He said, “Darling, are you family?” I had not heard that expression before, but he then explained that gay folks identify each other by asking if you’re “family” rather than asking, “Are you gay?” He also shared that we call each other family because so many of us are blacklisted by our own families, so we find our kin in the LGBTQ community. My mind was blown; my heart broke open and I found my people.

Once I was part of this big, amazing extended “family,” I felt protected and held again. I was sneaking into clubs, flirting with women, having sex and getting involved in the LGBTQ movement. I participated in this black lesbian social group in Indianapolis called “Indy SoulSistahs,” where a black lesbian couple hosted biweekly Sunday brunches that would go into early Monday morning. I was one of the founders of Indiana Black Pride, a black LGBTQ organization.

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I was socially and civically engaged with my community and eventually was “gay for pay” when I worked as a development manager at the Damian Center, an AIDS service organization in Indianapolis, and later at the Black AIDS Institute in Los Angeles.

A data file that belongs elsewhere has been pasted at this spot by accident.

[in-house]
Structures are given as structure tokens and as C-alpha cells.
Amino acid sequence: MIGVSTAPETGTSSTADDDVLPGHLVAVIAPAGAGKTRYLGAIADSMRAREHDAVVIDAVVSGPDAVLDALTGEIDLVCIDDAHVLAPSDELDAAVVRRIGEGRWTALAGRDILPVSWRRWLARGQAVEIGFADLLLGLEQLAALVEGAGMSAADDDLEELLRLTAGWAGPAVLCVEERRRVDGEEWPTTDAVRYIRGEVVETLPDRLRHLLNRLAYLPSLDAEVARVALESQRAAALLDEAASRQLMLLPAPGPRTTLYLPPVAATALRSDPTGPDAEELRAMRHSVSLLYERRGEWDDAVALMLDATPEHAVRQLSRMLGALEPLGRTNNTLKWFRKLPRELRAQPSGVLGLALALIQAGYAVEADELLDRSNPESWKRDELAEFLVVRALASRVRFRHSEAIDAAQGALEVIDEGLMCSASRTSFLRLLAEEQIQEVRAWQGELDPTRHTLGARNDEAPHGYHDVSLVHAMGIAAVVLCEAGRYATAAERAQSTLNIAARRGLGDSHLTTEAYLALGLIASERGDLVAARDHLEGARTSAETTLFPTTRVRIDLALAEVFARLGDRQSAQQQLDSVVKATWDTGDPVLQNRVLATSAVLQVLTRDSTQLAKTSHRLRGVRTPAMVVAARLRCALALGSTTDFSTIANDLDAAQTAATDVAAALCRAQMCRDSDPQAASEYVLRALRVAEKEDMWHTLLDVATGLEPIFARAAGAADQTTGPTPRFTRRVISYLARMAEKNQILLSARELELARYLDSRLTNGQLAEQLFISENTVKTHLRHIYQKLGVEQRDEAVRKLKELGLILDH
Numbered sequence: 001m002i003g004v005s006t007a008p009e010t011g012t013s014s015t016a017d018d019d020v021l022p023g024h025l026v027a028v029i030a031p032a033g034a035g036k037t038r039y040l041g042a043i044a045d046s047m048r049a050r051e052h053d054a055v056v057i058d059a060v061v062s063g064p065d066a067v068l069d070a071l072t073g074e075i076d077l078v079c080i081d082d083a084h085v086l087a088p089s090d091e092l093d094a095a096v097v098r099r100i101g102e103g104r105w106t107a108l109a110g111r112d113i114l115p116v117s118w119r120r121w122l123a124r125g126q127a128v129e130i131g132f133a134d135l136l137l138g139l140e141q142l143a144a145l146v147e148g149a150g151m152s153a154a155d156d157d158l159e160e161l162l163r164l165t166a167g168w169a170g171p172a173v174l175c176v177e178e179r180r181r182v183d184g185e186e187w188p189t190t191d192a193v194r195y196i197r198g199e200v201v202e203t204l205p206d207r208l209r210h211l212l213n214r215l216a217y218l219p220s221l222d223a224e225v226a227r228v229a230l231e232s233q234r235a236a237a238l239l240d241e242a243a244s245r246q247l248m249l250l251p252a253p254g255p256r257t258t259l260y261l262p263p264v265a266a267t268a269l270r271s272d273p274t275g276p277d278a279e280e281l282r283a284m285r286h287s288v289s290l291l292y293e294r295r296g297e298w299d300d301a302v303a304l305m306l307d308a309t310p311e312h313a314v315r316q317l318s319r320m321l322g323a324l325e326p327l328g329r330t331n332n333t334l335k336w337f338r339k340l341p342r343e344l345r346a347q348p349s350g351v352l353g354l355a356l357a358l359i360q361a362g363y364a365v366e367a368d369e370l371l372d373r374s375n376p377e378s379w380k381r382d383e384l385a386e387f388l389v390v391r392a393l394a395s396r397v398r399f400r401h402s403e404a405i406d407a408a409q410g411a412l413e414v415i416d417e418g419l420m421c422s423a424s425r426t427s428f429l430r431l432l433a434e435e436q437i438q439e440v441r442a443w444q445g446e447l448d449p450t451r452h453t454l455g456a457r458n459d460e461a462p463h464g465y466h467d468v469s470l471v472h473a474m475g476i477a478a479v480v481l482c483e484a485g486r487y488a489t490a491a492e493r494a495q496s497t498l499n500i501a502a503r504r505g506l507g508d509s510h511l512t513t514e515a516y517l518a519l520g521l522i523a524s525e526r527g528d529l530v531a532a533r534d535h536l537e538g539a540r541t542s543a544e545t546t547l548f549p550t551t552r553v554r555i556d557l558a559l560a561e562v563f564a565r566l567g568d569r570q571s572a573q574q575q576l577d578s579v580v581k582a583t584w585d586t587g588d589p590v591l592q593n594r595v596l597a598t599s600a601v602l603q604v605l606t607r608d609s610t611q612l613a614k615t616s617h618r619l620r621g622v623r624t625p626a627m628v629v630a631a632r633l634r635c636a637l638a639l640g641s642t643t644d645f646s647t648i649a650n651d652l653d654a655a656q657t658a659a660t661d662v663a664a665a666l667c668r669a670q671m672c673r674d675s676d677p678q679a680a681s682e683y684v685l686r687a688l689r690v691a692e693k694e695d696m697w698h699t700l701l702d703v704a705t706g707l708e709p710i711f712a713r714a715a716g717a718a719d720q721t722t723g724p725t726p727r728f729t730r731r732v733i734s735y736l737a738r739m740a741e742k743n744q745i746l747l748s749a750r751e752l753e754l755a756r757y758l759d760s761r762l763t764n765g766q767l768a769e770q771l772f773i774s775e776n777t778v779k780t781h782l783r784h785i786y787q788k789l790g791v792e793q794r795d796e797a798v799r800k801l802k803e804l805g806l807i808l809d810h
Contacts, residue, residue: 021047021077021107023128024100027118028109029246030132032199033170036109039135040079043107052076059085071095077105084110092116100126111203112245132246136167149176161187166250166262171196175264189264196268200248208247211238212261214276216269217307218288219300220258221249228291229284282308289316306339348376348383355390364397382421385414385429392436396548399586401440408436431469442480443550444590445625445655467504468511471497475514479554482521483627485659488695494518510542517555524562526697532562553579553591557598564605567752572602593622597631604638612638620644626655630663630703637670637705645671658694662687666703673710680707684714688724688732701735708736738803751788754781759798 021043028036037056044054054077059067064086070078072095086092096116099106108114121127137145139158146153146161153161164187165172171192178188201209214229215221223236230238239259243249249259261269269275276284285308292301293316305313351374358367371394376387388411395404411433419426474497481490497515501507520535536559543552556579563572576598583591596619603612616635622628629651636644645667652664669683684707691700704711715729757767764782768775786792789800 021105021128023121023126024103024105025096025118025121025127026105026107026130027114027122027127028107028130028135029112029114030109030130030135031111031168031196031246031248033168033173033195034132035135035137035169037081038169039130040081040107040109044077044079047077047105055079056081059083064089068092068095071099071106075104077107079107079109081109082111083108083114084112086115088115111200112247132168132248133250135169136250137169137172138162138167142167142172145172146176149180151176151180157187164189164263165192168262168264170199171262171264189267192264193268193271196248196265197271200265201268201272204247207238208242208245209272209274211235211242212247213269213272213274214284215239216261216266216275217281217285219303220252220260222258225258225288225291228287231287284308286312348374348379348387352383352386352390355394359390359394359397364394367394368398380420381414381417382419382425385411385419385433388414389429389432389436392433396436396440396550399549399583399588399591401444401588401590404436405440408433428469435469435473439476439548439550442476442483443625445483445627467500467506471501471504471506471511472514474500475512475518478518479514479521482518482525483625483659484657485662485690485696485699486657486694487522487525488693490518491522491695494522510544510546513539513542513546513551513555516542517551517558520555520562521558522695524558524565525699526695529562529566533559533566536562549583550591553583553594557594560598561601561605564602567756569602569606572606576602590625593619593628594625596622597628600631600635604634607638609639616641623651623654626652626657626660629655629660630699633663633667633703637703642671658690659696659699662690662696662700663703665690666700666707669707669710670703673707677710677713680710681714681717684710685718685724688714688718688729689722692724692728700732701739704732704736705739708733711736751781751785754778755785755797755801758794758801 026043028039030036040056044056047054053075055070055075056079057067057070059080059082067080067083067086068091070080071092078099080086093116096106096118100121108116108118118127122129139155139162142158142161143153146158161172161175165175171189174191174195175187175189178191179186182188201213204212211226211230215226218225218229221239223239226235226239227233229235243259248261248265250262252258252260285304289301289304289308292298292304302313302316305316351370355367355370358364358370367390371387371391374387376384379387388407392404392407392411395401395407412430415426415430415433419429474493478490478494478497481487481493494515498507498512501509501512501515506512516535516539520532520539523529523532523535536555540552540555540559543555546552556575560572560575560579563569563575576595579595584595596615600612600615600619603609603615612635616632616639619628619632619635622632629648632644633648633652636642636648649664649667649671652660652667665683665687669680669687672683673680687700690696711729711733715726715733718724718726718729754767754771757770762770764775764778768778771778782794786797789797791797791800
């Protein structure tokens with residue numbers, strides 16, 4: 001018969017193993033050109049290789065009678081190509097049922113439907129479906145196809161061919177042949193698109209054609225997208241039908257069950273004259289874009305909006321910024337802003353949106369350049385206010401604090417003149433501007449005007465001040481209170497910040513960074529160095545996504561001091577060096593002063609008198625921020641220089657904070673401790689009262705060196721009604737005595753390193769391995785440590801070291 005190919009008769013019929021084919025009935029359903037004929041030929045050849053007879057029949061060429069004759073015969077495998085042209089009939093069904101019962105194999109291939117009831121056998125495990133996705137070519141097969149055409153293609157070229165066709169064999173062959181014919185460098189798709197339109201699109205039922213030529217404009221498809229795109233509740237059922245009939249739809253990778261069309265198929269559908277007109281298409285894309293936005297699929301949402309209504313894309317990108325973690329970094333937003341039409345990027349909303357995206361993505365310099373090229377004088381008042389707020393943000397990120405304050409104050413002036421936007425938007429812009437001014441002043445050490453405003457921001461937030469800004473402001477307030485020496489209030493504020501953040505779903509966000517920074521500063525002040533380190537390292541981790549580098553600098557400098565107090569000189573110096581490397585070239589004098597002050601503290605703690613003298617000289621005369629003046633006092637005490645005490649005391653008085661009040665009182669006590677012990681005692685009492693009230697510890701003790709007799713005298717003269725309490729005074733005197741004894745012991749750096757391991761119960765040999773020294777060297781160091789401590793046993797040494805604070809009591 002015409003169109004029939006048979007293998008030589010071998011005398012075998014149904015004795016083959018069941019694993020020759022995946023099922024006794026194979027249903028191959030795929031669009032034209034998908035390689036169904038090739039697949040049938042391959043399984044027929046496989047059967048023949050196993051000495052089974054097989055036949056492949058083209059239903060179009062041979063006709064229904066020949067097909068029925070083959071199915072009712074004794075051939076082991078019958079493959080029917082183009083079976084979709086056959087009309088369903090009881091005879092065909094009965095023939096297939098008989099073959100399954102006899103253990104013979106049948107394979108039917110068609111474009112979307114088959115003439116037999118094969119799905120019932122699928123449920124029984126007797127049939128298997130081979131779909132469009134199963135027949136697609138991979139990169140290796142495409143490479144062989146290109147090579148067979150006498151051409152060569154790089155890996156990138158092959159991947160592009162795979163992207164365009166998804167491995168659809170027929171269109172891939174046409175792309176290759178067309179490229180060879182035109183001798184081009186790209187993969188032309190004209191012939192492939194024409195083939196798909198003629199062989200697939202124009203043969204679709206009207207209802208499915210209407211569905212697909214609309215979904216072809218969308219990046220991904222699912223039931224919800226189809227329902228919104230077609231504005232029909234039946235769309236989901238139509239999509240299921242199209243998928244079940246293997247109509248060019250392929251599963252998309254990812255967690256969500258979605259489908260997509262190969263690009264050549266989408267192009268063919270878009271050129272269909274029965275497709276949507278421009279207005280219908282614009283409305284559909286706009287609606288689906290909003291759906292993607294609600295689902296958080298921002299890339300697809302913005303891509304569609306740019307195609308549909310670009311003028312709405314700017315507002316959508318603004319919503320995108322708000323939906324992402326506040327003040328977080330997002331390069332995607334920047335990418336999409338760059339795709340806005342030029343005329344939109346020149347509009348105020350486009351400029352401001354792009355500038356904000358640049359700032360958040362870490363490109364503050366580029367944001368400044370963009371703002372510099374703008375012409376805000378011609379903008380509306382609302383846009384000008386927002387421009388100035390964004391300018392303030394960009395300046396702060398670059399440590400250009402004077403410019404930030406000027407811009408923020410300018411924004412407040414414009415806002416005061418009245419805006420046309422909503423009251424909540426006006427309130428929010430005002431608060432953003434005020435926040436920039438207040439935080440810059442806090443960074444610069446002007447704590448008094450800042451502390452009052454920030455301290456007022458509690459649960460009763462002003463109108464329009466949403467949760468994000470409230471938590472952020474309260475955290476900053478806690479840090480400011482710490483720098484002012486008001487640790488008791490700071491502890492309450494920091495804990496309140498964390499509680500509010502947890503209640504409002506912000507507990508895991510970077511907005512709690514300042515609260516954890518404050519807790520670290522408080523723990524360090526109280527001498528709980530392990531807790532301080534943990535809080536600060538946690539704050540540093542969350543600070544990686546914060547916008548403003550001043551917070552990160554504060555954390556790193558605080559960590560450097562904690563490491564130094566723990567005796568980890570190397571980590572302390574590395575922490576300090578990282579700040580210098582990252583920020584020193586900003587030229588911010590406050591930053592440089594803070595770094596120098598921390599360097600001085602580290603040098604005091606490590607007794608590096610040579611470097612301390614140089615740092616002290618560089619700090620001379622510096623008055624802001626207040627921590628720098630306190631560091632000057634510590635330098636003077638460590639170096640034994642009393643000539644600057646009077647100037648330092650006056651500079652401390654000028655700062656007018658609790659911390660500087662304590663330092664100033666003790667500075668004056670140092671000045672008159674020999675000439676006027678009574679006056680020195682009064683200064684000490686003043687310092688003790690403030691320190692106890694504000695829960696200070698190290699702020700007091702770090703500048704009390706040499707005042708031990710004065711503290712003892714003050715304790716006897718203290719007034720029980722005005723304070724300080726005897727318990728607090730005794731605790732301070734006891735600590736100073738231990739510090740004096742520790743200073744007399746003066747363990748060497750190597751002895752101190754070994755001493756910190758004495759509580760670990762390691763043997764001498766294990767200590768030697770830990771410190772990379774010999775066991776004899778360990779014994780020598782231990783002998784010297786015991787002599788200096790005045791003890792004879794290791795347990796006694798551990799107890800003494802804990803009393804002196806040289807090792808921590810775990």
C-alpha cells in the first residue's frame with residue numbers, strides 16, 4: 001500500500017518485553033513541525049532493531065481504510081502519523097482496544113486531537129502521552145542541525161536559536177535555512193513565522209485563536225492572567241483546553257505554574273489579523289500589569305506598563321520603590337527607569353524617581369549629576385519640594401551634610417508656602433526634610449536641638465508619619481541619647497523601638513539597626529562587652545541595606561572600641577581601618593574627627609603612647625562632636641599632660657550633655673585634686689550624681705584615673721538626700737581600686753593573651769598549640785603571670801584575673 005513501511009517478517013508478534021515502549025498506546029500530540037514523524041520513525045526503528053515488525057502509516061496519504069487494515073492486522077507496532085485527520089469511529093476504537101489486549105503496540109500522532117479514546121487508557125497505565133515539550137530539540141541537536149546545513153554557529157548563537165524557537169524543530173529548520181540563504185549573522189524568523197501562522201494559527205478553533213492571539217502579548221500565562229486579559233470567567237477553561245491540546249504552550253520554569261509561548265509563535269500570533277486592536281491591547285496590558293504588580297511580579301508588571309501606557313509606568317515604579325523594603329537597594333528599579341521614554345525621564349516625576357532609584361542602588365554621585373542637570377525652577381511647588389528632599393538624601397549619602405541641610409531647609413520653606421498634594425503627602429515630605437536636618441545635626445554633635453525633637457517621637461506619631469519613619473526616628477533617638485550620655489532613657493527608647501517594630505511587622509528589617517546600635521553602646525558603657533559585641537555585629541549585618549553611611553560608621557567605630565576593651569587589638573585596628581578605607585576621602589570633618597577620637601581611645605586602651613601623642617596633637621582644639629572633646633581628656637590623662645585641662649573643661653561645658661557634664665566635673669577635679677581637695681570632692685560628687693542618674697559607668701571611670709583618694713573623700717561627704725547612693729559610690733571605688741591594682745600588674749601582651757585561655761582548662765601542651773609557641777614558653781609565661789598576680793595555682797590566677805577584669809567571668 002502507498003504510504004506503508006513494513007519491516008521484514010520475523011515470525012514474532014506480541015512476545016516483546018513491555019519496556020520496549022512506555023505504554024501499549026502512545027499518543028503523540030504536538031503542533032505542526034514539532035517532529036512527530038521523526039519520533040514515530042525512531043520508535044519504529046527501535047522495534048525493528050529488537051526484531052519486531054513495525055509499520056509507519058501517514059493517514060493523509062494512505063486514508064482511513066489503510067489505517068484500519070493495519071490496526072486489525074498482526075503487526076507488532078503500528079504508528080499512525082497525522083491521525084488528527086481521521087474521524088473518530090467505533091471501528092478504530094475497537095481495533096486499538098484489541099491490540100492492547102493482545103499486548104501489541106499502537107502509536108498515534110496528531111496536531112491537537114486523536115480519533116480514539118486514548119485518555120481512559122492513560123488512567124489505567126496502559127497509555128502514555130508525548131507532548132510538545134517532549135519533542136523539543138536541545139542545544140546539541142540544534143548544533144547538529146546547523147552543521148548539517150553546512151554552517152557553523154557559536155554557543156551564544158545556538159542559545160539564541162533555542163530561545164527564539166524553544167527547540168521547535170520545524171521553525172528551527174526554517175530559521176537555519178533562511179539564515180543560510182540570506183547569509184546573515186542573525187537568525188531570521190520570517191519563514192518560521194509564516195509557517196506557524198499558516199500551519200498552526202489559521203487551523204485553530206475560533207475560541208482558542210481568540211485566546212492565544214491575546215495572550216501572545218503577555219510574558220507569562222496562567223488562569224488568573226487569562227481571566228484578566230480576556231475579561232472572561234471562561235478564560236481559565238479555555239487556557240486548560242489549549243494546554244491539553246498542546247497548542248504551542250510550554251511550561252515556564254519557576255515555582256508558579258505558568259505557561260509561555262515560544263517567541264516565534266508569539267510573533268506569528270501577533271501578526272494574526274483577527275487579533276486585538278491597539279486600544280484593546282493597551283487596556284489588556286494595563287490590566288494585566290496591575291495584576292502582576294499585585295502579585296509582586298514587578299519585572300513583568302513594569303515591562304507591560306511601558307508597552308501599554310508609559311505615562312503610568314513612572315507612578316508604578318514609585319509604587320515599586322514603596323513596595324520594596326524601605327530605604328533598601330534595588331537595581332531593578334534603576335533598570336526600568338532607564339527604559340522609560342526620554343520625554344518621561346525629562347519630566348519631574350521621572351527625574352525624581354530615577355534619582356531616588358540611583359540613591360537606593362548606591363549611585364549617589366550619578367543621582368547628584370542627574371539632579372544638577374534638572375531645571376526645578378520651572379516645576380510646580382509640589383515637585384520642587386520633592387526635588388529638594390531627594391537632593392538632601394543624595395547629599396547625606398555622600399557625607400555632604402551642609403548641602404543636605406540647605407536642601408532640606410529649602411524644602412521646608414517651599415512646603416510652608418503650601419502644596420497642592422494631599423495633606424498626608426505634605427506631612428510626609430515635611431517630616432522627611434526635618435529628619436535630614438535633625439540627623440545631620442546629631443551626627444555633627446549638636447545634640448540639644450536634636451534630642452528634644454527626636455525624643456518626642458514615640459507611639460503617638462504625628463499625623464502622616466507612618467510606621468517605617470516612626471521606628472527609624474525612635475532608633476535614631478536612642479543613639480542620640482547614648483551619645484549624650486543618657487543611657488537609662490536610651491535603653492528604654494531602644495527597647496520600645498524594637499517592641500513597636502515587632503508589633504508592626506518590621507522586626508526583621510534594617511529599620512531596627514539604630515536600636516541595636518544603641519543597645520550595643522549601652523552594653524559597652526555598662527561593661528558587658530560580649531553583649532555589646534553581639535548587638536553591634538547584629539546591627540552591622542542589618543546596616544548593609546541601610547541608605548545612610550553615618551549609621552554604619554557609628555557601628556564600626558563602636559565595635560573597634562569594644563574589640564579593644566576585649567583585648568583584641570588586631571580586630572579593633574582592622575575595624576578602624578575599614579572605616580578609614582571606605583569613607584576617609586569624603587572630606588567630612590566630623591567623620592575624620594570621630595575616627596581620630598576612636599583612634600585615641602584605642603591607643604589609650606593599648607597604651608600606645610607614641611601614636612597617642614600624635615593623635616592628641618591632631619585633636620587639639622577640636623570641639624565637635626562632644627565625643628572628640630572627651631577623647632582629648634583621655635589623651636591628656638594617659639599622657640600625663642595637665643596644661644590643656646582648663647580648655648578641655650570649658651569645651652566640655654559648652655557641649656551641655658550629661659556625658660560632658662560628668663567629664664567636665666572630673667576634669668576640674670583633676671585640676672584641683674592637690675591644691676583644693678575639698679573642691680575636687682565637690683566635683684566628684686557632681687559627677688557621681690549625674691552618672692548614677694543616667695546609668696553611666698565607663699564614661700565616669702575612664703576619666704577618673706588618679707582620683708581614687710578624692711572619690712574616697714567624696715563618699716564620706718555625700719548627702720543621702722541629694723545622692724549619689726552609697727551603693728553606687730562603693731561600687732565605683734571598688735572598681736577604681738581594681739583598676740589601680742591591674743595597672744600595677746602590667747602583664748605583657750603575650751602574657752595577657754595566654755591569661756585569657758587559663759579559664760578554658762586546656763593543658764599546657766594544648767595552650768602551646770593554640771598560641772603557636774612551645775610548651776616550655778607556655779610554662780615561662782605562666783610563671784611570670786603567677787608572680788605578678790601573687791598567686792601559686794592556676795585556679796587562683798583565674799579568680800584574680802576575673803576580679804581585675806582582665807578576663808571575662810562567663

To clarify, I call the family that raised me my “blood family” and the family that embraced me my “queer family.” I share blood with both—one with direct DNA lineage, the other more symbolic.

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Yes, there is just as much violence attached to being black as there is to being a woman and a lesbian, yet within my queer family, I felt that someone cared about me as I am, not as they wanted me to be. My queerness is a reflection of my deep desire to live free for as long as I am gifted breath.

My mother passed away on Feb. 7 this year, which was a Wednesday. The Sunday before her death, we had a conversation about her acceptance of my sexuality, which was as close as she would ever get to understanding how the lack of her full acceptance of me impacted my life. She told me, “I accept that this is your lifestyle and I love you unconditionally.” Though she never met my current partner, whom I’ve been with for three years, she did offer to meet her in that conversation ... but we ran out of time.